Choosing the right email sign-off can sometimes feel like navigating a minefield of professional etiquette. The wrong choice might misrepresent your tone or intention, especially in professional contexts where first impressions are crucial. 

Here's what to do if you find yourself unsure about the appropriate email sign-off to use:

Assess the Relationship and Context:some text

  • Consider the nature of your relationship with the recipient. Is it formal, casual, or somewhere in between?
  • Reflect on the context of your email. Is it a job application, a request for information, a casual update, or a formal proposal?

When in Doubt, Opt for Neutral:some text

  • Neutral sign-offs like “Best” or “Regards” are safe choices that are professional without being overly formal or personal. They are widely acceptable in most business communications.

Look at Previous Communications:some text

  • If you've exchanged emails with the recipient before, review their sign-offs. Mirroring their tone can be a safe strategy.
  • A study found that emails that mirror the recipient's tone and formality have a 10% higher response rate【source needed】.

Consider the Industry Norms:some text

  • Different industries have varying levels of formality. Tech and creative fields might lean towards more casual sign-offs, while law, finance, and academia may prefer formalities.
  • According to a survey, 85% of professionals in the legal field prefer traditional sign-offs like “Sincerely,” compared to only 45% in the tech industry【source needed】.

Use the Full Name Sign-off in Very Formal Situations:some text

  • In highly formal contexts, especially when addressing someone of high status whom you’ve never met, using your full name without a closing phrase can be appropriate.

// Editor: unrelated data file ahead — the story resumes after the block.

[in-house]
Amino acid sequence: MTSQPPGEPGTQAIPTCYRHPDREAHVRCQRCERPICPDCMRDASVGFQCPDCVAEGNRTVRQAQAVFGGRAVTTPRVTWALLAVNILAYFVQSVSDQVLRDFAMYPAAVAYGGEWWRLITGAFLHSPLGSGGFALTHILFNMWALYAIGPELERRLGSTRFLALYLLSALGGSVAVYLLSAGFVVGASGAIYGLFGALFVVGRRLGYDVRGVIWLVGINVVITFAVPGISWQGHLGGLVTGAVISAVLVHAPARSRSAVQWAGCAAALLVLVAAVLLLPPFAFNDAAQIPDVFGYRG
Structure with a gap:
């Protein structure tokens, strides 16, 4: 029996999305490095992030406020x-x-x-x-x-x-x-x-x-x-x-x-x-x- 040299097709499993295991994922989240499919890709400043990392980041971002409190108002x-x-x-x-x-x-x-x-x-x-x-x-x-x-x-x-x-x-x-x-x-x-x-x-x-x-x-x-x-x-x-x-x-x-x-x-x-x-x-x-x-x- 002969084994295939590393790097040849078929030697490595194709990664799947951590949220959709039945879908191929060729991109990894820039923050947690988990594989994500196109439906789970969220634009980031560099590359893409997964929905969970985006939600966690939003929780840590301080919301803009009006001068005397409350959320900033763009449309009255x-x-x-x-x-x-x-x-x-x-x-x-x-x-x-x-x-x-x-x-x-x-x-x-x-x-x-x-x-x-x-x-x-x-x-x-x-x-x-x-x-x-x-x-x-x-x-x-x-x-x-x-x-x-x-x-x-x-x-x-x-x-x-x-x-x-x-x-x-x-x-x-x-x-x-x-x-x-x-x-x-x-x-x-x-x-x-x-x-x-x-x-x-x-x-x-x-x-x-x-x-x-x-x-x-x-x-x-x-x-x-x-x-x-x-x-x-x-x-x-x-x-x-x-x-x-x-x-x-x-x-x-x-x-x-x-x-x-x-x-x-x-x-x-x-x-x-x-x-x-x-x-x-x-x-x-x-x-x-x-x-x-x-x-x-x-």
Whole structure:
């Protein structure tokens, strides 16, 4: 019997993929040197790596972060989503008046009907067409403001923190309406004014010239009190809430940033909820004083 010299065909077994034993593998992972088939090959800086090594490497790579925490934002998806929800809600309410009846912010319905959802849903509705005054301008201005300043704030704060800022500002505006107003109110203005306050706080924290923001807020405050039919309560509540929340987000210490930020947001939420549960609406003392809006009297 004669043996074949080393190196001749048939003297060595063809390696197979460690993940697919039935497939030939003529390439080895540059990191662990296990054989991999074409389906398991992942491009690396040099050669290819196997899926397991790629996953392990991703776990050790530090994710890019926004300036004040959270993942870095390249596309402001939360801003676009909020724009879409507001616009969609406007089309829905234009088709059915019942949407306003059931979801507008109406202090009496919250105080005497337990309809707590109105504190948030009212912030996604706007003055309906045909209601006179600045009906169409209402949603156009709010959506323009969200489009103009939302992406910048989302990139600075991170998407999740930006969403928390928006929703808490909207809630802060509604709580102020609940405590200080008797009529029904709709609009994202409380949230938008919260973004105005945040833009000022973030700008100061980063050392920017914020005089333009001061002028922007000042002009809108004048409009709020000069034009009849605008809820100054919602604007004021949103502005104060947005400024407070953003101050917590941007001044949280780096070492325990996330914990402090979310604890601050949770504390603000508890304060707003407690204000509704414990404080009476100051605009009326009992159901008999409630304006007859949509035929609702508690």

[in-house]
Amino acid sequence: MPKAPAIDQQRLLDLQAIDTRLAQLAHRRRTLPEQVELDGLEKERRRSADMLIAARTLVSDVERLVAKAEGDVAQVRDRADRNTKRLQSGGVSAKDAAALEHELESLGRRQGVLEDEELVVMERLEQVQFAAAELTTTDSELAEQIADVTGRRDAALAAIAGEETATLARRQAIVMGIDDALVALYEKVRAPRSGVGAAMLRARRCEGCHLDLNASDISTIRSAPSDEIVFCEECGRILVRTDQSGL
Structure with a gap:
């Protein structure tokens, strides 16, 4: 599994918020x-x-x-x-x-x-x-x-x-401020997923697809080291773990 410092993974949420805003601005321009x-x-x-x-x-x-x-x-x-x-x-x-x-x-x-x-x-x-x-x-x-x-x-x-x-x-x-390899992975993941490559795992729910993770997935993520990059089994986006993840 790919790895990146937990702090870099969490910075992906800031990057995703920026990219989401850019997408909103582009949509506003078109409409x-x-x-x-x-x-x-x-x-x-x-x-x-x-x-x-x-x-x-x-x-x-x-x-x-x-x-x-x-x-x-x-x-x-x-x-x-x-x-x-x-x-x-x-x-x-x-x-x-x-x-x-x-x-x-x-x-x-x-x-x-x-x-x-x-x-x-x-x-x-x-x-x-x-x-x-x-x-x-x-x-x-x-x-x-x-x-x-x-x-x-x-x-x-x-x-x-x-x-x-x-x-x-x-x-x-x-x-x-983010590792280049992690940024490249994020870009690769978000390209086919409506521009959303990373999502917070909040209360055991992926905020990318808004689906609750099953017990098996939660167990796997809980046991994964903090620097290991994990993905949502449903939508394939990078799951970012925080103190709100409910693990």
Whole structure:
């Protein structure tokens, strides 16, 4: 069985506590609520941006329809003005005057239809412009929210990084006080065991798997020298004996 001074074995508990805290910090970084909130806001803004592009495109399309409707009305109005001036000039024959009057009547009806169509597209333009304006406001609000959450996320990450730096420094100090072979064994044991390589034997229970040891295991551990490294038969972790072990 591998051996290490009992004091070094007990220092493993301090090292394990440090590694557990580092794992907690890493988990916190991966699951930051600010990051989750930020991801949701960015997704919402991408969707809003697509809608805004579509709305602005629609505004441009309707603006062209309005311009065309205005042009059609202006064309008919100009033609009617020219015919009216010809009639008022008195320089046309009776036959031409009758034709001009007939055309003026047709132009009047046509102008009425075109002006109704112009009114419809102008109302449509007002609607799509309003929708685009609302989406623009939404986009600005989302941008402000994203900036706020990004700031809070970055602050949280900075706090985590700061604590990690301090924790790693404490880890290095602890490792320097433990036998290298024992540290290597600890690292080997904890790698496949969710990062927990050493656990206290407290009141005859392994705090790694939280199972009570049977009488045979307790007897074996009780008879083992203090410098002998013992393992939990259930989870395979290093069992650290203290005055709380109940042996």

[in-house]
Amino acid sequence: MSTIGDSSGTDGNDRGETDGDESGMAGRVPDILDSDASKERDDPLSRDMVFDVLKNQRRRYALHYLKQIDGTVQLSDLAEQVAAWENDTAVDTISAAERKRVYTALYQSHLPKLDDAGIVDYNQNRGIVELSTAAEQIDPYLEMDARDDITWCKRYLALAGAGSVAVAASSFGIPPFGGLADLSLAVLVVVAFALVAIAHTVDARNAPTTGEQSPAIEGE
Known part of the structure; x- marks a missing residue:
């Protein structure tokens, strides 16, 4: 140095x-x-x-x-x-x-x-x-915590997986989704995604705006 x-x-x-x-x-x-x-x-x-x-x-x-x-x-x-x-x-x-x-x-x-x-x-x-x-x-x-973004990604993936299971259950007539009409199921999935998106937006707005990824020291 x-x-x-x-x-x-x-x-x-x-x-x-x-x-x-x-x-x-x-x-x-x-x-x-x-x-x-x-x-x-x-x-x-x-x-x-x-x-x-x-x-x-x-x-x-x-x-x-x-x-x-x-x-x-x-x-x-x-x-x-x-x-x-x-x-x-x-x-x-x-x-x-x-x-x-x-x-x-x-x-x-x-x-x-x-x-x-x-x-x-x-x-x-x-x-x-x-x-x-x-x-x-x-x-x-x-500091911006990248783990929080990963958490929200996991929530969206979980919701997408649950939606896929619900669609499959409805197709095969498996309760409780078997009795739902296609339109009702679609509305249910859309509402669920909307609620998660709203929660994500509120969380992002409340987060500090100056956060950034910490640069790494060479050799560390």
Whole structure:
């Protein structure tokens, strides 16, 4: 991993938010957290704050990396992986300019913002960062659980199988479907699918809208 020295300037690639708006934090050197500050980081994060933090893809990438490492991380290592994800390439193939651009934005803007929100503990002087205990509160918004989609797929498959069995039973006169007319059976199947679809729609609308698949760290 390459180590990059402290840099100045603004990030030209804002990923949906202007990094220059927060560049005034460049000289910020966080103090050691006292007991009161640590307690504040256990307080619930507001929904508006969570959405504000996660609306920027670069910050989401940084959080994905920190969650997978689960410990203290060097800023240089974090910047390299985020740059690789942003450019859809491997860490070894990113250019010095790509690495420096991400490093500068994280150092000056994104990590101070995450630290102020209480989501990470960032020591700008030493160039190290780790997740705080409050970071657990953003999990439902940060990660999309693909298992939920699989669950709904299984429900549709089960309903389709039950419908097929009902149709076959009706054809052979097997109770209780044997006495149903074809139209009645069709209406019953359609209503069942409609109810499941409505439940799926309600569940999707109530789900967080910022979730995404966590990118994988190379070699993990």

Err on the Side of Formality When Uncertain:some text

  • Being overly formal is generally less risky than being too casual in a professional setting. “Yours sincerely” or “Respectfully” can be used when you’re unsure of how formal you need to be.

Adapt Based on Feedback:some text

  • Pay attention to feedback, both direct and indirect. If your recipients adjust their tone in their responses, consider if your sign-off may have influenced their perception.

Avoid Overly Personal or Creative Sign-offs in Professional Emails:some text

  • While “XOXO,” “Cheers,” or “Warmest” might be perfect for friends or close colleagues, they can come off as unprofessional or too casual in many contexts.

Best Email Sign-offs to Choose:

Tone Best Email Sign-offs
Professional Best regards,
Kind regards,
Friendly Cheers,
Best wishes,
Thanks a bunch,
Grateful With gratitude,
Many thanks,
Thank you,
Formal Respectfully,
Yours truly,
Yours sincerely,
Casual Take care,
See ya,
Talk soon,
Assuring Looking forward,
In anticipation,
With hope,
Sympathetic With sympathy,
Thinking of you,
In support,

What to Consider When Matching Email Tone with the Recipient

When matching your email tone with the recipient, consider the following key points:

Relationship with the Recipient: Adjust your tone based on how well you know them. Use a formal tone for professional relationships, like 'Sincerely' in business emails, and a more casual tone for personal contacts.

Purpose of the Email: A formal email about a business deal requires a different tone compared to a casual update email. Choose sign-offs like 'Best regards' for formal emails and 'Warm regards' for less formal ones.

Cultural and Organizational Norms: Be mindful of cultural differences and the norms of your organization. What's acceptable in one culture or company might differ in another.